Years ago, a member of the congregation I was serving gave me a beautiful plant on the anniversary of his wife's death. His wife was a master gardener and was well known for her ability to grow and care for rare orchids. Therefore, it seemed fitting and touching when he came to my office that day with an orchid in hand for me. He said he wanted to thank me for all the time that I had spent with his wife while she was sick at home and for the comfort that I had provided her family and friends when she died.
I shared with him that I greatly admired the orchids she kept in her home. I knew that every time I looked at that orchid, I would be reminded of her. Yet, I was nervous about receiving this plant. I was afraid that I would not be able to take care of it in the way that I knew was needed. Yet, he assured me that I would have no problem.
What he did not tell me was how much attention it would receive when people came into my office. Gardeners and plant people often commented on it and asked me questions about the specifics of the orchid and its care.
When someone asked me what kind of orchid it was...I was tempted to say that of the 1,000 different species of the Dendrobium Phalaenopsis orchid, which mine appeared to be, I knew exactly the type and proper name of my orchid.
When someone asked if the reason I decided to keep the orchid on the shelf on my desk instead of a windowsill because I knew how important it was to keep the plant cool...I was tempted to say that I knew my orchid needed to be in a spot that was 75 to 80 degrees in the day and 50 to 55 degrees in the evening. Thus, I always made sure the temperature in my office was always suitable for the flower's health and well being.
When someone asked how I watered my orchid because they knew it was important to keep the soil moist, but not soggy...I was tempted to share with them tips on the best way to properly water an orchid, such as placing a few ice cubes on the outer edges of the pot once a week. By letting the ice cubes melt into the soil, the water would spread evenly and slowly.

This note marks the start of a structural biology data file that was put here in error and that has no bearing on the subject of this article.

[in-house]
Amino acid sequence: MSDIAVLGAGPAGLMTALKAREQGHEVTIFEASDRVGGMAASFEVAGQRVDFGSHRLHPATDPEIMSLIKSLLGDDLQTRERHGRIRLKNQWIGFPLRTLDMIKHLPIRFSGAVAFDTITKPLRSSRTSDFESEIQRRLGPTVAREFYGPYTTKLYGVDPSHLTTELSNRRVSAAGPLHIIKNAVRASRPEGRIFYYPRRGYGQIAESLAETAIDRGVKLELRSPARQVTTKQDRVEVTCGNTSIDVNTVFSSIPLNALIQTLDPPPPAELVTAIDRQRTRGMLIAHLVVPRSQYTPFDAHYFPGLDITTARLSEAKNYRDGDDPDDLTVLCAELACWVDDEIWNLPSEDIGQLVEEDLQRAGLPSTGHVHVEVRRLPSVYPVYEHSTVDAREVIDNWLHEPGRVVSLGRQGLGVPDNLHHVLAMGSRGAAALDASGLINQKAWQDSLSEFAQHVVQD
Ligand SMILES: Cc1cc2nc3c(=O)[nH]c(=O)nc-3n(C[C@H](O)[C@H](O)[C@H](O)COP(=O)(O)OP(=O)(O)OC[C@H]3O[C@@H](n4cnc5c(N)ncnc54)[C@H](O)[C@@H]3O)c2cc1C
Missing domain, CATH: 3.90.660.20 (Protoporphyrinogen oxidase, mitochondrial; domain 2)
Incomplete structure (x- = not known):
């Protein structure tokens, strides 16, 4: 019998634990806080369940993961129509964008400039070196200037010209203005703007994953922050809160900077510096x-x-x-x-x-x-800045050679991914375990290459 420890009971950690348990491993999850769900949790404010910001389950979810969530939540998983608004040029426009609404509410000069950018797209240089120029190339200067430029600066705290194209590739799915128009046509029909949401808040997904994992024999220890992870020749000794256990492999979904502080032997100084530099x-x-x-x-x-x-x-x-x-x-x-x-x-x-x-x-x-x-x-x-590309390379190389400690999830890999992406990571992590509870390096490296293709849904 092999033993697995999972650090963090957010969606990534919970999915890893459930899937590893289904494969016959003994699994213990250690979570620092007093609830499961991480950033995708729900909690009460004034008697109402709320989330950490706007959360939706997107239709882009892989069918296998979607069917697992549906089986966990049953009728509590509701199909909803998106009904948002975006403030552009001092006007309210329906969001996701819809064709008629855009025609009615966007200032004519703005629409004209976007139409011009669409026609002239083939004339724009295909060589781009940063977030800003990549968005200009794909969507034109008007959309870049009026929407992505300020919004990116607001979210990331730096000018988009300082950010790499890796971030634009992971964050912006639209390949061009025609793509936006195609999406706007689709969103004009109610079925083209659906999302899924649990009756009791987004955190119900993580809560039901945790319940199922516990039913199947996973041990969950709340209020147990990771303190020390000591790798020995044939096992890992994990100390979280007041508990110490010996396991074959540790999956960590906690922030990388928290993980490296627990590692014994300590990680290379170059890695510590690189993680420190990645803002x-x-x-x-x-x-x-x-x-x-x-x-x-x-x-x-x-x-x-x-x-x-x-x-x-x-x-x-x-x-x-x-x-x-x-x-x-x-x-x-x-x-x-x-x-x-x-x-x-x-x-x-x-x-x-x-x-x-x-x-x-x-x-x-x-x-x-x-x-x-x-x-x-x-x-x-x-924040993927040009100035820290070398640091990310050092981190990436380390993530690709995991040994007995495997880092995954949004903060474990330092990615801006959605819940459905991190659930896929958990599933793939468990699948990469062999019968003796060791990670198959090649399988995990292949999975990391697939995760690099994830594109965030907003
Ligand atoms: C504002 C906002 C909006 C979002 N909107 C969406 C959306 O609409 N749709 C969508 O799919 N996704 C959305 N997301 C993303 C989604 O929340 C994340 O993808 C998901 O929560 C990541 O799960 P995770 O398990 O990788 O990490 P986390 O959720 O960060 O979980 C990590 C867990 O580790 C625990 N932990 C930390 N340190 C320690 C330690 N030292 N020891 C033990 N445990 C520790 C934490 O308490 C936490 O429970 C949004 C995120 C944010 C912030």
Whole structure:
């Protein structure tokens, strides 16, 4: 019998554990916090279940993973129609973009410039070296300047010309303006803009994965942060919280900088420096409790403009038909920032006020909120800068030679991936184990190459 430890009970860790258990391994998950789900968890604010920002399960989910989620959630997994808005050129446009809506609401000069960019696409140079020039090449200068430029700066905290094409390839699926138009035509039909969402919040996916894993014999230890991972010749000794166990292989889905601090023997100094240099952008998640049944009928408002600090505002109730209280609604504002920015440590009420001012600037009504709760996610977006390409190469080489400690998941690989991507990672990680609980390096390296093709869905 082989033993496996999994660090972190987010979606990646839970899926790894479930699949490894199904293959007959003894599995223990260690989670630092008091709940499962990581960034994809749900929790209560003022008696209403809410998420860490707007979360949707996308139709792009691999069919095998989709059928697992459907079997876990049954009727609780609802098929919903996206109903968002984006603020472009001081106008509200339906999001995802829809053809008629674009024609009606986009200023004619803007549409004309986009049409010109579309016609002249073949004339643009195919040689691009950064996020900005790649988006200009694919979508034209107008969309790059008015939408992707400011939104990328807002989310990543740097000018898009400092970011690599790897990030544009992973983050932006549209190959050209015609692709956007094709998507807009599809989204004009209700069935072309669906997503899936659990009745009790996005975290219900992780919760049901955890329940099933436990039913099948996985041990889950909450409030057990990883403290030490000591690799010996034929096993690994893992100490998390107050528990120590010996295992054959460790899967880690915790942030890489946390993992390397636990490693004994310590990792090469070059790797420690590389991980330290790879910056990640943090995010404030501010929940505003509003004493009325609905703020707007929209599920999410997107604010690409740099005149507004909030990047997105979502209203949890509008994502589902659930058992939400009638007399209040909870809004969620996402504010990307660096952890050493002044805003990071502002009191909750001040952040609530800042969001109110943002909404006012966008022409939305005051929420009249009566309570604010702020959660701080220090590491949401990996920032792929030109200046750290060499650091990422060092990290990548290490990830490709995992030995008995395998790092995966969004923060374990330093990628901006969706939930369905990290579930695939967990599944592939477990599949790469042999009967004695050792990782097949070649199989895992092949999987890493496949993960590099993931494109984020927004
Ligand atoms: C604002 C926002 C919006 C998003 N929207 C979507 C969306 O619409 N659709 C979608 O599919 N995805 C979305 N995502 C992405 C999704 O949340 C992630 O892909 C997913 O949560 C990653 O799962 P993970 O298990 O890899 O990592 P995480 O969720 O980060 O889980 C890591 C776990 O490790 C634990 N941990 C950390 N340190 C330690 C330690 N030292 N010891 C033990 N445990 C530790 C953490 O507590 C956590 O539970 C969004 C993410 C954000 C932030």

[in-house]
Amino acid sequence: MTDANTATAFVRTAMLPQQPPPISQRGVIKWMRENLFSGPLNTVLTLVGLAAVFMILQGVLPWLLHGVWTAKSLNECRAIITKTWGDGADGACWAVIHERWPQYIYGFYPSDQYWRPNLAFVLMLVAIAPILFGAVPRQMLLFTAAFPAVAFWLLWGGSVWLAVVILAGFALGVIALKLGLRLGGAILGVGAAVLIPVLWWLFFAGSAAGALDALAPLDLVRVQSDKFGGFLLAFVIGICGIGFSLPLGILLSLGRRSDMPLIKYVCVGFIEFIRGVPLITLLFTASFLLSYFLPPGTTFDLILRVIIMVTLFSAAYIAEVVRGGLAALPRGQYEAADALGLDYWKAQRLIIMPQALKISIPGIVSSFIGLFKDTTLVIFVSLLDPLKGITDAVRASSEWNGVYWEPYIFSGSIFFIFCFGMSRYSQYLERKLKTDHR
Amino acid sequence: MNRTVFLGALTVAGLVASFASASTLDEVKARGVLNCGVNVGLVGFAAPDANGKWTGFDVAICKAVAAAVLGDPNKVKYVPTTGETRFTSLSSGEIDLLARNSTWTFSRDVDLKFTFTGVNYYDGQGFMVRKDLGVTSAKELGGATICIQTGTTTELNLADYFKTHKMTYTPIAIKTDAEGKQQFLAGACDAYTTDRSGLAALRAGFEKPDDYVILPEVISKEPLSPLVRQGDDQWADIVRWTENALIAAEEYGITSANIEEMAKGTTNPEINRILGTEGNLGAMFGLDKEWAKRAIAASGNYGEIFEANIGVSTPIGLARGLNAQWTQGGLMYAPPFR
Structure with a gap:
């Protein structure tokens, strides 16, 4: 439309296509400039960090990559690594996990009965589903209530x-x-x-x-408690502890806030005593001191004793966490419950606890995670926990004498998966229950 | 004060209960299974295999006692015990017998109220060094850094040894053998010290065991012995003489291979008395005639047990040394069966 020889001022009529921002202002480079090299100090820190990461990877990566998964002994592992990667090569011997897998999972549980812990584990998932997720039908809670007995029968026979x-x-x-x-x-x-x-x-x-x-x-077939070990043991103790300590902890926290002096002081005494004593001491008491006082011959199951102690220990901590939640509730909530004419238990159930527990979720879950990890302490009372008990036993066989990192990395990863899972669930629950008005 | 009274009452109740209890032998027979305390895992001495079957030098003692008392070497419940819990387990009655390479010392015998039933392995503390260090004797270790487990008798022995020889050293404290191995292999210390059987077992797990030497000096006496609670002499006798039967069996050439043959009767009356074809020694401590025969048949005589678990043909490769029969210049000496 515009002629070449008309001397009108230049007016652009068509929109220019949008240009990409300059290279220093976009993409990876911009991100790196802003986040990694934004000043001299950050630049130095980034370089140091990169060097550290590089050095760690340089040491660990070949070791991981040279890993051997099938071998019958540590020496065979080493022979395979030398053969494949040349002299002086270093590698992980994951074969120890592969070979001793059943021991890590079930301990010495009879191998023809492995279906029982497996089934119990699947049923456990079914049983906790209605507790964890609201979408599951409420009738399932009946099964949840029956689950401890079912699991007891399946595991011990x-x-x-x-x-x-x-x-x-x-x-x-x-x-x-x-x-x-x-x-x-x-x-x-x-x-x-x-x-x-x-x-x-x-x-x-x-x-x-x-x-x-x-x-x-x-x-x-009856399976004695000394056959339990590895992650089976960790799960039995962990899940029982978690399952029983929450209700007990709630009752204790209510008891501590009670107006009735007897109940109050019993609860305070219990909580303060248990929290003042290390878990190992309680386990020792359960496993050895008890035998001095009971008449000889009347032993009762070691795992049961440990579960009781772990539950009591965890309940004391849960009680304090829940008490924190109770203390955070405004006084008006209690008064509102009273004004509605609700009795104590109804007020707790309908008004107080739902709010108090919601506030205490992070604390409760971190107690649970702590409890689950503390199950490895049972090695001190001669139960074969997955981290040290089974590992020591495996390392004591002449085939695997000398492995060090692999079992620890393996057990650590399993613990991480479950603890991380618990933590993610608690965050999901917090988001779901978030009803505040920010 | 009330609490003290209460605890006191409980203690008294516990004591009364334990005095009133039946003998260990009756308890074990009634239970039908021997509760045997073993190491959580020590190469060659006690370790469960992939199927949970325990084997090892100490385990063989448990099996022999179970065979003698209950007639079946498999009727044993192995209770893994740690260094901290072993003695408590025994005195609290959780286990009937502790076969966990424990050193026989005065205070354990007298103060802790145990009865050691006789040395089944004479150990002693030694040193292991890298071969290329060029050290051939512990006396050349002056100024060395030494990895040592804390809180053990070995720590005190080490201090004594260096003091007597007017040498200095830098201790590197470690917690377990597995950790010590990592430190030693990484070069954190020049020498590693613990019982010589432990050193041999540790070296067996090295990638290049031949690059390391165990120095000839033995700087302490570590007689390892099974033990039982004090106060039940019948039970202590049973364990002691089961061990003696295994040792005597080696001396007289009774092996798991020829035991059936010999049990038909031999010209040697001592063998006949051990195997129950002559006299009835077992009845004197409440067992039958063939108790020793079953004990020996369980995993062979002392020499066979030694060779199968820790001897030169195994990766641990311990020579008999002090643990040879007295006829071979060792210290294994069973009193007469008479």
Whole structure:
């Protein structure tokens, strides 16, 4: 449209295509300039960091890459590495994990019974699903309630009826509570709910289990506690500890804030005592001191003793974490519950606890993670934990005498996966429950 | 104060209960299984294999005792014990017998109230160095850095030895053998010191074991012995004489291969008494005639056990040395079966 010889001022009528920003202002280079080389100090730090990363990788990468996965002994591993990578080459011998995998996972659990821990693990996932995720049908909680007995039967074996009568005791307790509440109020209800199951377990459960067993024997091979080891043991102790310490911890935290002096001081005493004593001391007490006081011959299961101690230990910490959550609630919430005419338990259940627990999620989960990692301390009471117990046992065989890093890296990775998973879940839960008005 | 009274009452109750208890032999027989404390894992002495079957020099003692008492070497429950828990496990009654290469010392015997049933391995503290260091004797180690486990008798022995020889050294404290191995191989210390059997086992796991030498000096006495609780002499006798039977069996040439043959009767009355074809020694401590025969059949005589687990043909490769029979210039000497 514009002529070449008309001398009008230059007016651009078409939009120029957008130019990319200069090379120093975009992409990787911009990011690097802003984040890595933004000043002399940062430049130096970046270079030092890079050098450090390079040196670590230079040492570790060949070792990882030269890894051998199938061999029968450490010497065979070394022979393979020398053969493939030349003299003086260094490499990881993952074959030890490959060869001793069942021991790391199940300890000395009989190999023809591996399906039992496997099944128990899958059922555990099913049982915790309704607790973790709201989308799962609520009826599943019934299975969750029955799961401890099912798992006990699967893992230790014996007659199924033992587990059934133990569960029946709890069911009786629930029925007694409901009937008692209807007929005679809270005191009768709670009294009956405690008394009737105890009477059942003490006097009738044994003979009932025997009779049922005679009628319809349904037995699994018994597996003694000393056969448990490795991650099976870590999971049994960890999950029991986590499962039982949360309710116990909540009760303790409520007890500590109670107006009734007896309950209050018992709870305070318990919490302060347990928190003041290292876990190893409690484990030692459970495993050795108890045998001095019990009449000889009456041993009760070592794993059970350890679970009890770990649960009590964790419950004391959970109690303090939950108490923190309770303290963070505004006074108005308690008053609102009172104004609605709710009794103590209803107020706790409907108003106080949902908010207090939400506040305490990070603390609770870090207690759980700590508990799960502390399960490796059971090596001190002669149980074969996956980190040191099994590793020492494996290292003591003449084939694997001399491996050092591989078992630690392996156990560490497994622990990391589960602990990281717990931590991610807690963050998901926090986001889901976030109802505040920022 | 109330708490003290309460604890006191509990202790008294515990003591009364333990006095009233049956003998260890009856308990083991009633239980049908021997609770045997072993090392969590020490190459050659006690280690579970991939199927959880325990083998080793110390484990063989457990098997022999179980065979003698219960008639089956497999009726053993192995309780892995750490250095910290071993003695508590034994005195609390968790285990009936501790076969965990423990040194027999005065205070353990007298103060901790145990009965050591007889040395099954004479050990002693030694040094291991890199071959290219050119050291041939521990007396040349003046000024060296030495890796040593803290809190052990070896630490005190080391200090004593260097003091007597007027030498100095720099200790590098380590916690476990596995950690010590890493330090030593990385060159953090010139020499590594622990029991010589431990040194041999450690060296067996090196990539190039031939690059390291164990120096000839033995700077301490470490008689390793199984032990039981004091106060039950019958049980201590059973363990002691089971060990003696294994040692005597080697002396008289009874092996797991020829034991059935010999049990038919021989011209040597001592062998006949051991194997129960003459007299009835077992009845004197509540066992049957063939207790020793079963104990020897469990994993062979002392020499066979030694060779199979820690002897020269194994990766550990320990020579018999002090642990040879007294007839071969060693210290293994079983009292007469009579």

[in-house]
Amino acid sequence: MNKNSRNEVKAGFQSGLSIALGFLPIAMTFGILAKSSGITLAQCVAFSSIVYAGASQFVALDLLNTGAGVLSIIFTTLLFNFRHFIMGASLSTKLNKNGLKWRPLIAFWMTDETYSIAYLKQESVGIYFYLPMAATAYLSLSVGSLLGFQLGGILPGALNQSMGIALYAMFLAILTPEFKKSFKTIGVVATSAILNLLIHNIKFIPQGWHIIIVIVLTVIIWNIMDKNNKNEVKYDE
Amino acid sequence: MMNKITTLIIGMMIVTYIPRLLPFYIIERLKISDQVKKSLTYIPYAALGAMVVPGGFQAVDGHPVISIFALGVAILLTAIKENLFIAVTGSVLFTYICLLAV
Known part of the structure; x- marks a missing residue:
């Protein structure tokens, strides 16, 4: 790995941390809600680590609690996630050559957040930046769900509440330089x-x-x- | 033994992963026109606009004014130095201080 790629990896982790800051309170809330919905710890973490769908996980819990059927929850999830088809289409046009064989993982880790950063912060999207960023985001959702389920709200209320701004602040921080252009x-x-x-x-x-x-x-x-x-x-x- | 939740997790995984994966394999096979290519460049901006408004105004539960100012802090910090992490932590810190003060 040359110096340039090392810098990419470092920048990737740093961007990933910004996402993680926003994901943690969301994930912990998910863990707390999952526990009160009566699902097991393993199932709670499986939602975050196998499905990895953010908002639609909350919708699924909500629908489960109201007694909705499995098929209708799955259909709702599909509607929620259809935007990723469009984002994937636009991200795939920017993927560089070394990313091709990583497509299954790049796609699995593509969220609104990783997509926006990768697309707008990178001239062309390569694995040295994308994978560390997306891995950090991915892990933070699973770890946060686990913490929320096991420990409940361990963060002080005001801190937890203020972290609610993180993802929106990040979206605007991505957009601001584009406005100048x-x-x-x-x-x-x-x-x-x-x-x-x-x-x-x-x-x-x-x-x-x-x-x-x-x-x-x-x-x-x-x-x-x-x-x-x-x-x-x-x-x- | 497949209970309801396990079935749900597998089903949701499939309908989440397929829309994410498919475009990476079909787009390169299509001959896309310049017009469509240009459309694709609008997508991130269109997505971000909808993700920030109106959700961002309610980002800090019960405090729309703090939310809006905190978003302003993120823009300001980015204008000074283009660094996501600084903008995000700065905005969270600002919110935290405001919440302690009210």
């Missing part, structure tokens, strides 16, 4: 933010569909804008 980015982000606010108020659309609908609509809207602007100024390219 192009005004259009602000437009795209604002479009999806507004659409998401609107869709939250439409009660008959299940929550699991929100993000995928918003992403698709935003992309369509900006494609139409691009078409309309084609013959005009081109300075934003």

Finally, when someone would comment they had heard how difficult it was to take care of orchids and were impressed at how I was able to have such a perfect flower...I was tempted to say that I did know how difficult it was to take care of it and I had dedicated a good deal of time and effort in doing so.
However, I could not say those things. If I had, not only would I be lying, but I would have been a fraud. You see, what I realized after the orchid had been in my office for two weeks and I had forgotten to water it was that it was actually an artificial plant.
It was not real.
It was not a living plant.
It did not produce new blooms, new growth, or new oxygen to the atmosphere.
Its only value was it was pretty and decorative.
When I think of that artificial orchid, I think of the writer of the book of James who essentially says that if we in the Church are not producing new blooms, new growth, and oxygen for others, then we do not have a faith that is real and alive.
Consider the words of James 2: 14-17
"What good is it, my brothers and sisters, if you say you have faith but do not have works? Can faith save you? If a brother or sister is naked and lacks daily food, and one of you says to them, "Go in peace; keep warm and eat your fill," and yet you do not supply their bodily needs, what is the good of that? So faith by itself, if it has no works, is dead."
If our faith is only something that we sing about, preach about, pray about and speak about it...then it is only artificial. It might be decorative, pleasing, and pretty to us, but it is not life-giving to others.
My prayer for the Church is that our faith is a living, growing faith that gives life, breath, and grace to those who need it most.
Blessings, Rev. Shana Johnson, Conference Minister